Ground source heat pumps, or GHPs, harness the constant temperature beneath the earth’s crust (about 50-60° F) to sustainably heat and cool homes and buildings. Depending on the season, heat is transferred into or out of the ground via underground piping that carries refrigerant. Heat is absorbed from the ground and then circulated and expelled into a home in the winter with the help of a heat exchanger, or vice versa in the summer.
The world has been harnessing geothermal energy for thousands of years. Today, France, Turkey, New Zealand, the U.S., Japan, Italy and, especially, Iceland put these hot water pumps to various uses. The most common type of geothermal heating is called direct geothermal, and uses the system described above. Geothermal heating burns no fossil fuels, and creates little nitrous oxide and few sulfur gases. When installed in New England buildings that would otherwise use oil or propane fuels for heating, these systems can deliver tremendous energy cost savings. The Department of Energy Resources (DOER) is encouraging the use of these pumps to heat schools, low-income housing developments, and even homes.
DOER’s new collaborative program, SAPHIRE (“Schools and Public Housing Integrating Renewables and Efficiency”), combines energy efficiency improvements with innovative renewable thermal heating technologies such as geothermal, air source heat pumps, solar thermal, and woody biomass to promote more sustainable energy sources. At the same time, the program demonstrates how these technologies can deliver significant energy cost savings and provide comfortable living in state public housing and learning environments in schools.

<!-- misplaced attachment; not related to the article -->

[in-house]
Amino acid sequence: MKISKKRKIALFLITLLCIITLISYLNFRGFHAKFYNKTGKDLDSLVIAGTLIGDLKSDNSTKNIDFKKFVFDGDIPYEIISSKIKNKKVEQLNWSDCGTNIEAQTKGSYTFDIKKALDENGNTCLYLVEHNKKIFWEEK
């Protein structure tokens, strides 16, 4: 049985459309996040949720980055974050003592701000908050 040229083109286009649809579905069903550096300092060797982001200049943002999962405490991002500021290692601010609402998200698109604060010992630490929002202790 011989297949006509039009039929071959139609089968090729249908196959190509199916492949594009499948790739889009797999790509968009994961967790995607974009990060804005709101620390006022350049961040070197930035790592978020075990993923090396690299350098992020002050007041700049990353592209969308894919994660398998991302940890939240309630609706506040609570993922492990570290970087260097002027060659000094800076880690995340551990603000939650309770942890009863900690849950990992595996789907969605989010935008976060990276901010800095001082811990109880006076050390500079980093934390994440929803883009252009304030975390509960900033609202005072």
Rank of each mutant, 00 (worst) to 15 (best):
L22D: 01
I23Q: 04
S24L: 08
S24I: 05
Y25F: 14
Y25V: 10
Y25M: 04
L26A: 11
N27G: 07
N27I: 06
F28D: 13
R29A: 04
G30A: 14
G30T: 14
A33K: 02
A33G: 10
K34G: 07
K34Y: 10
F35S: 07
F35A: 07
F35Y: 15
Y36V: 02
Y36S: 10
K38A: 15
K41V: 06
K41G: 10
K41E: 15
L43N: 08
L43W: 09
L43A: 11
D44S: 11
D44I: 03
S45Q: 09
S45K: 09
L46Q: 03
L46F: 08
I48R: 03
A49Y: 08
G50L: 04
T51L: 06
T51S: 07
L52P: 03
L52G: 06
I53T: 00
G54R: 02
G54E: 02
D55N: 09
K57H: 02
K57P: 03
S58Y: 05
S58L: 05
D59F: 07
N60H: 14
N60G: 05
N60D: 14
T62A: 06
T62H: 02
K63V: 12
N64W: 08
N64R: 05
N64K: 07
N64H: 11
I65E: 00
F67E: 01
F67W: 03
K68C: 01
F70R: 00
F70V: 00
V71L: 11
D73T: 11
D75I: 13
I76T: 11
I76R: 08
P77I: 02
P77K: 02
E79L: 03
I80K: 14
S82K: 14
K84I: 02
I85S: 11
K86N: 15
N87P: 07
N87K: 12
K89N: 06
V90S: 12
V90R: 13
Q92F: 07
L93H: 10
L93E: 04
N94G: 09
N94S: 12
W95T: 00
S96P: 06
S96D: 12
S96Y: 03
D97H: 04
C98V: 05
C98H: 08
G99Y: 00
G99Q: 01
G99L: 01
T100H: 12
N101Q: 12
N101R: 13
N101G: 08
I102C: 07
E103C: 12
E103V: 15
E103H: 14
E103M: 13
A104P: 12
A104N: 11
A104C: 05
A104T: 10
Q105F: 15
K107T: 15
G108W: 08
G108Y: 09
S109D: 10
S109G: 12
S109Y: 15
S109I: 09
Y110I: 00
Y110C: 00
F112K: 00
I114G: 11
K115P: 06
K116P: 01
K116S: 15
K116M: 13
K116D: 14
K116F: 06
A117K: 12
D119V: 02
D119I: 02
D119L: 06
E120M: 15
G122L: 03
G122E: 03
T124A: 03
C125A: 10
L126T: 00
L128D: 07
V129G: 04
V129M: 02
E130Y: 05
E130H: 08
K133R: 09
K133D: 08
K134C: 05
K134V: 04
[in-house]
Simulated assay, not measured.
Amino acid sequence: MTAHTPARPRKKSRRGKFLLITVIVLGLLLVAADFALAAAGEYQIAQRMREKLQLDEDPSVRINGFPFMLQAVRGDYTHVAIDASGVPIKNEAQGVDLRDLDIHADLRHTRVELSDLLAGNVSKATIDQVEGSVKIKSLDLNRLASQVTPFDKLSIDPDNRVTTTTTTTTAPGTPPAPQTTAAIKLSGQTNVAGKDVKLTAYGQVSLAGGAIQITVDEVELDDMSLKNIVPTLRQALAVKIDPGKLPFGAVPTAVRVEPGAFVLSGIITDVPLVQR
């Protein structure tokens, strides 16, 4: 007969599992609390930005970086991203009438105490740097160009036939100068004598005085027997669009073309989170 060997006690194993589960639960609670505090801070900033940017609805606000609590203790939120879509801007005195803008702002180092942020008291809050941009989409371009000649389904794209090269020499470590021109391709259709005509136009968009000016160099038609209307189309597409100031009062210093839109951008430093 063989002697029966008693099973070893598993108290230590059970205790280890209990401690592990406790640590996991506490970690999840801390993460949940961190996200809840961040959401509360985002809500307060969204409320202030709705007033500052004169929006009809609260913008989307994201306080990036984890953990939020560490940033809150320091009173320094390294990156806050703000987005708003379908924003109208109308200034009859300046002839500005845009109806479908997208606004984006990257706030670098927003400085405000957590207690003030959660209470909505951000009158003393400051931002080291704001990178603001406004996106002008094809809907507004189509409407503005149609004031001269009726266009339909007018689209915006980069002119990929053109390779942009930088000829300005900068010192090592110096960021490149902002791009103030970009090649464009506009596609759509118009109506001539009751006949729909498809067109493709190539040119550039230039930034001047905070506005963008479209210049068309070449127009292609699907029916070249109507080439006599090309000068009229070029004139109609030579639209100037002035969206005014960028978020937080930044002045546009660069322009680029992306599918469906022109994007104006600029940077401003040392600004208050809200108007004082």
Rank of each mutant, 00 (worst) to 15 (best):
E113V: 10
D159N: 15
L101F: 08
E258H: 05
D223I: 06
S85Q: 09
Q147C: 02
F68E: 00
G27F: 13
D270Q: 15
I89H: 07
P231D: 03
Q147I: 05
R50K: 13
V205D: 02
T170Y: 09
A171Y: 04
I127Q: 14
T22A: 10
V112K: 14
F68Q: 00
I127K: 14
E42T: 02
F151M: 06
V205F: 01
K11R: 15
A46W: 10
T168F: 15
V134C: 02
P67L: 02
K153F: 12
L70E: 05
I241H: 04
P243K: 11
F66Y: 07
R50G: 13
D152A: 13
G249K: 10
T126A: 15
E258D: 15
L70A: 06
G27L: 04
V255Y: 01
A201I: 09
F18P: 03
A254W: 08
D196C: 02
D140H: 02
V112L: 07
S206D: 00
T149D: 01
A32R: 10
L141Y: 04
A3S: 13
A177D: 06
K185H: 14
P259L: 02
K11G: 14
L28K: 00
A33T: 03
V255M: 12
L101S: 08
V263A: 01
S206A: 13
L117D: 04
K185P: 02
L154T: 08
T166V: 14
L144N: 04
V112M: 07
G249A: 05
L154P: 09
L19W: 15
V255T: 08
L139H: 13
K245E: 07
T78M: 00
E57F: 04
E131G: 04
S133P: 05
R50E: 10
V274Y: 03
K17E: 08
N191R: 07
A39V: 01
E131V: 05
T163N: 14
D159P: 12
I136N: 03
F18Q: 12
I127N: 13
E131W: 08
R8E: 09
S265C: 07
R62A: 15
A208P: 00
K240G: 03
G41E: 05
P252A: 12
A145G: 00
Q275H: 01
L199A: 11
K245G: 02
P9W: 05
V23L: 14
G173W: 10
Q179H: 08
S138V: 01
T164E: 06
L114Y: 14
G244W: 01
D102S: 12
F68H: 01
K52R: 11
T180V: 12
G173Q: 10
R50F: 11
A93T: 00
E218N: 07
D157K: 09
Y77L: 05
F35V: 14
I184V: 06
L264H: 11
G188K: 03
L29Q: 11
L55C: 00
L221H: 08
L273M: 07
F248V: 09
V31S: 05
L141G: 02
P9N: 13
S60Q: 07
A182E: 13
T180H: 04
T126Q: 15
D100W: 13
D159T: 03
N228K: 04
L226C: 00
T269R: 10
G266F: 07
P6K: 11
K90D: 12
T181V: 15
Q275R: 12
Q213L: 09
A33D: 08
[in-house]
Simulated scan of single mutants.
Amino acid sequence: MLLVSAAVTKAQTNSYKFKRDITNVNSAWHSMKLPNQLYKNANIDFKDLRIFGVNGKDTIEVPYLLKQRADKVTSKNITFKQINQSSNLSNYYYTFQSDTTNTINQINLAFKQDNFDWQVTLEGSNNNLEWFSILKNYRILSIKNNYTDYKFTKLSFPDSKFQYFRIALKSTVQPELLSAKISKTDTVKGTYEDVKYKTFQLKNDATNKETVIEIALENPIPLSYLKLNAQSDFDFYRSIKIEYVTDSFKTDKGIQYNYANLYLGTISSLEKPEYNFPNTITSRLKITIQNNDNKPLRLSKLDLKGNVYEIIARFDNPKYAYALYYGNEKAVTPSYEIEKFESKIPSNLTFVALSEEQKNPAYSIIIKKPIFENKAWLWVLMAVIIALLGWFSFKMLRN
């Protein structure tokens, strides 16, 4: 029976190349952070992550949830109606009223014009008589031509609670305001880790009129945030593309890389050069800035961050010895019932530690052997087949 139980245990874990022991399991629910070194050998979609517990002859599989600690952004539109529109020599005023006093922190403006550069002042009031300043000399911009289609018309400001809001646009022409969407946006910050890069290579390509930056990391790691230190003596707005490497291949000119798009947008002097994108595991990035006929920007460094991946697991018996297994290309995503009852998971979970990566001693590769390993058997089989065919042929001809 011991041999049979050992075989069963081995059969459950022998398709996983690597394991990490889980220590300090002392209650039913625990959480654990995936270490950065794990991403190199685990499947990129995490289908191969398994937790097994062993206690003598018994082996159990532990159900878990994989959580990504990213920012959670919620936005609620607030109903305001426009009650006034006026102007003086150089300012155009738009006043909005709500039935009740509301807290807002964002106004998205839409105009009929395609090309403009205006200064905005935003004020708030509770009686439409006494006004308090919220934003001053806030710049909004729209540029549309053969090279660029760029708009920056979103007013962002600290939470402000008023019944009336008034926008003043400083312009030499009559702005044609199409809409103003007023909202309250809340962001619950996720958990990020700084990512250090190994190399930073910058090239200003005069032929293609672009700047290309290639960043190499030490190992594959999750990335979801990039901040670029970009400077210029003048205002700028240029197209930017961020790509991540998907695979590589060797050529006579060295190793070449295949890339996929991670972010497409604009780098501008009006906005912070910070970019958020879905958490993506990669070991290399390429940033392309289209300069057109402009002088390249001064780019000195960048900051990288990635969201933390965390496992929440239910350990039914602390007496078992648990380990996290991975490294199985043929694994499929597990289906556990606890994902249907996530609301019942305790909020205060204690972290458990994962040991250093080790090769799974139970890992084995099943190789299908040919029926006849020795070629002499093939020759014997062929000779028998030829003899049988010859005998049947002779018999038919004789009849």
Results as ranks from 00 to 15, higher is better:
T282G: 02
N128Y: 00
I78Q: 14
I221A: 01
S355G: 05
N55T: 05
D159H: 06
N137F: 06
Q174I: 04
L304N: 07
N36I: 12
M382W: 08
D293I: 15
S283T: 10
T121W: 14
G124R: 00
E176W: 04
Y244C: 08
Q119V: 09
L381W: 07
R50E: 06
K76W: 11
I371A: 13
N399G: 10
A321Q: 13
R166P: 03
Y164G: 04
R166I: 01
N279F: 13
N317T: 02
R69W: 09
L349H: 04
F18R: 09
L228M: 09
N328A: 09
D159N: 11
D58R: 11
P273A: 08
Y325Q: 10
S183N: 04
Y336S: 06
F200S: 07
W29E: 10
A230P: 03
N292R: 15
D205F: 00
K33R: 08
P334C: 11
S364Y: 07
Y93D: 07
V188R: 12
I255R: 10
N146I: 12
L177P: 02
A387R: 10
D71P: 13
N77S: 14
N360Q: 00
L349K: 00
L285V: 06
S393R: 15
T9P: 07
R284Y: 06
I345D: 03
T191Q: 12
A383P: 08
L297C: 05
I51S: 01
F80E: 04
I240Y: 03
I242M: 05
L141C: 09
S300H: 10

The SAPHIRE program works with the Department of Housing and Community Development, the Massachusetts School Building Authority, and the Massachusetts Clean Energy Center to help identify possible utility rebates, grants and low-interest financing to encourage more renewable thermal projects in Massachusetts communities.
For more information on how your school or state public housing can participate in SAPHIRE:
SAPHIRE Program – Renewable Heating and Energy Efficiency
For more info on ground source heat pump technologies:
Massachusetts Office of Energy and Environmental Affairs’ article on Geothermal Integration
U.S. Department of Energy’s page on Geothermal Heat Pumps
“Mass. Military Division” and “Energy Efficiency” Go Together posted on Jul 25
Energy measures implemented at a Mass. Military Divison site include improved lighting, high efficiency motors, HVAC controls and energy management system upgrades. Under the Accelerate Efficiency Plan, the Commonwealth is investing over $12 million at 29 state facilities throughout the Berkshires.
Solar a “No-Go” on Your Roof? Share Through Community Solar posted on Jul 16
Harvard residents who wanted solar on their homes and were unable to get it due to shading, sloping, or structural barriers, found a solution by sharing the Harvard Solar Garden, an approximately 250 kW project, provides 41 residents and six small businesses with sustainable, clean energy. .
Summer’s Here: Shed Layers and Shed Loads posted on Jul 11
Electricity usage throughout New England reaches its peak during summer heat waves, causing our electricity bills to spike. During periods of high demand, electric utilities typically call on more expensive “peaking” plants to provide extra power. These costs are passed onto larger, non-residential consumers through demand charges on their monthly electricity bill. Municipal buildings can save a significant sum of money if they shut off portions of their electricity during these peak periods.